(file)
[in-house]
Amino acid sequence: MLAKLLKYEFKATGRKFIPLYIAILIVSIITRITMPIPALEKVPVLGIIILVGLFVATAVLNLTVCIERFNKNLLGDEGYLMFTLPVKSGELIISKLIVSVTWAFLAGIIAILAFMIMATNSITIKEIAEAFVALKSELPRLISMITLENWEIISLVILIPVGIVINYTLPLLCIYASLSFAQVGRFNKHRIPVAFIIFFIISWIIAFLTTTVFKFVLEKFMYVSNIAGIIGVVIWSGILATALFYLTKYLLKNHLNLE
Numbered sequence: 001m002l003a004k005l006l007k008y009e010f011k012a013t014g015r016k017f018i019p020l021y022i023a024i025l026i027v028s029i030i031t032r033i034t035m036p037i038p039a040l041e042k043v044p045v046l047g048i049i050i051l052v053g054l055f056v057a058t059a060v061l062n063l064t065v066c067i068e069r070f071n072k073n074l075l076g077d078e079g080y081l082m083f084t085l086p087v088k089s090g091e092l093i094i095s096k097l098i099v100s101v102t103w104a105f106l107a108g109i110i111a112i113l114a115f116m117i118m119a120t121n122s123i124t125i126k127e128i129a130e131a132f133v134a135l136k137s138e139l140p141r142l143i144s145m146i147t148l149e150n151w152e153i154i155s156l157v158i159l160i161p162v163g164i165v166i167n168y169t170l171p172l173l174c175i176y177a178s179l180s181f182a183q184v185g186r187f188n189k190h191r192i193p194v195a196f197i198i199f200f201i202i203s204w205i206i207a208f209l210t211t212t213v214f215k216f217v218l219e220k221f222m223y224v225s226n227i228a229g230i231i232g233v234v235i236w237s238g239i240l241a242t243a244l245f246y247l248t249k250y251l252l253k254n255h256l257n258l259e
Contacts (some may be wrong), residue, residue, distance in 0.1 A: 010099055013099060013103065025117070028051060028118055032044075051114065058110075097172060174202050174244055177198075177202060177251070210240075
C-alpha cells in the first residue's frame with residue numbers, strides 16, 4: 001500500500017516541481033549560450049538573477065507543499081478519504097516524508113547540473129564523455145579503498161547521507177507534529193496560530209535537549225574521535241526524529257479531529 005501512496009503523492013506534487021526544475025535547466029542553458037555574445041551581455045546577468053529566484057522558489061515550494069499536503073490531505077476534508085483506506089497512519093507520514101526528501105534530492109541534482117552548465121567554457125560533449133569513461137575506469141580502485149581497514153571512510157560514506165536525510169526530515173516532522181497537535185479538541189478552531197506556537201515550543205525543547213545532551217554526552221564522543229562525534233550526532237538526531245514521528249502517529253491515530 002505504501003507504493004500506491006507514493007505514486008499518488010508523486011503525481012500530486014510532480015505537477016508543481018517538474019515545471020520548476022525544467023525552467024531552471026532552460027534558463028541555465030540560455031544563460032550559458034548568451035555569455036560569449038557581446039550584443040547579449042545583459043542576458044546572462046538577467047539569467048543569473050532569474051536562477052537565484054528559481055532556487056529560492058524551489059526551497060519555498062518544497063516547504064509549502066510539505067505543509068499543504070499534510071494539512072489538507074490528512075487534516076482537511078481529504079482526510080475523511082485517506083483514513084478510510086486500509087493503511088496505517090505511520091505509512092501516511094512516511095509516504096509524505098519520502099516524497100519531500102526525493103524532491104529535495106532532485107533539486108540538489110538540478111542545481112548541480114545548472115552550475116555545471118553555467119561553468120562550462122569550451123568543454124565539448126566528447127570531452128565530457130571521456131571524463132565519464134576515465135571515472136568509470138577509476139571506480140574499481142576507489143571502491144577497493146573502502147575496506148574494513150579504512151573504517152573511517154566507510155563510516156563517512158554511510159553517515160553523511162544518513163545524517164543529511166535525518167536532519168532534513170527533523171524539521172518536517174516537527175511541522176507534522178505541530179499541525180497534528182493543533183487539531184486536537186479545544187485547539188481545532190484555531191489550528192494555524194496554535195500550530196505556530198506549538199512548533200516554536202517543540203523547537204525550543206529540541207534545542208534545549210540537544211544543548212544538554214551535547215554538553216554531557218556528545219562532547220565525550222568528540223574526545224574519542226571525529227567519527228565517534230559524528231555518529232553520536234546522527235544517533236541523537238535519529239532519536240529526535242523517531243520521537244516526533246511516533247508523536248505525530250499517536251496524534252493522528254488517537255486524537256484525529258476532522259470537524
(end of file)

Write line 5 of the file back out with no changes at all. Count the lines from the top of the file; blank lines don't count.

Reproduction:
C-alpha cells in the first residue's frame with residue numbers, strides 16, 4: 001500500500017516541481033549560450049538573477065507543499081478519504097516524508113547540473129564523455145579503498161547521507177507534529193496560530209535537549225574521535241526524529257479531529 005501512496009503523492013506534487021526544475025535547466029542553458037555574445041551581455045546577468053529566484057522558489061515550494069499536503073490531505077476534508085483506506089497512519093507520514101526528501105534530492109541534482117552548465121567554457125560533449133569513461137575506469141580502485149581497514153571512510157560514506165536525510169526530515173516532522181497537535185479538541189478552531197506556537201515550543205525543547213545532551217554526552221564522543229562525534233550526532237538526531245514521528249502517529253491515530 002505504501003507504493004500506491006507514493007505514486008499518488010508523486011503525481012500530486014510532480015505537477016508543481018517538474019515545471020520548476022525544467023525552467024531552471026532552460027534558463028541555465030540560455031544563460032550559458034548568451035555569455036560569449038557581446039550584443040547579449042545583459043542576458044546572462046538577467047539569467048543569473050532569474051536562477052537565484054528559481055532556487056529560492058524551489059526551497060519555498062518544497063516547504064509549502066510539505067505543509068499543504070499534510071494539512072489538507074490528512075487534516076482537511078481529504079482526510080475523511082485517506083483514513084478510510086486500509087493503511088496505517090505511520091505509512092501516511094512516511095509516504096509524505098519520502099516524497100519531500102526525493103524532491104529535495106532532485107533539486108540538489110538540478111542545481112548541480114545548472115552550475116555545471118553555467119561553468120562550462122569550451123568543454124565539448126566528447127570531452128565530457130571521456131571524463132565519464134576515465135571515472136568509470138577509476139571506480140574499481142576507489143571502491144577497493146573502502147575496506148574494513150579504512151573504517152573511517154566507510155563510516156563517512158554511510159553517515160553523511162544518513163545524517164543529511166535525518167536532519168532534513170527533523171524539521172518536517174516537527175511541522176507534522178505541530179499541525180497534528182493543533183487539531184486536537186479545544187485547539188481545532190484555531191489550528192494555524194496554535195500550530196505556530198506549538199512548533200516554536202517543540203523547537204525550543206529540541207534545542208534545549210540537544211544543548212544538554214551535547215554538553216554531557218556528545219562532547220565525550222568528540223574526545224574519542226571525529227567519527228565517534230559524528231555518529232553520536234546522527235544517533236541523537238535519529239532519536240529526535242523517531243520521537244516526533246511516533247508523536248505525530250499517536251496524534252493522528254488517537255486524537256484525529258476532522259470537524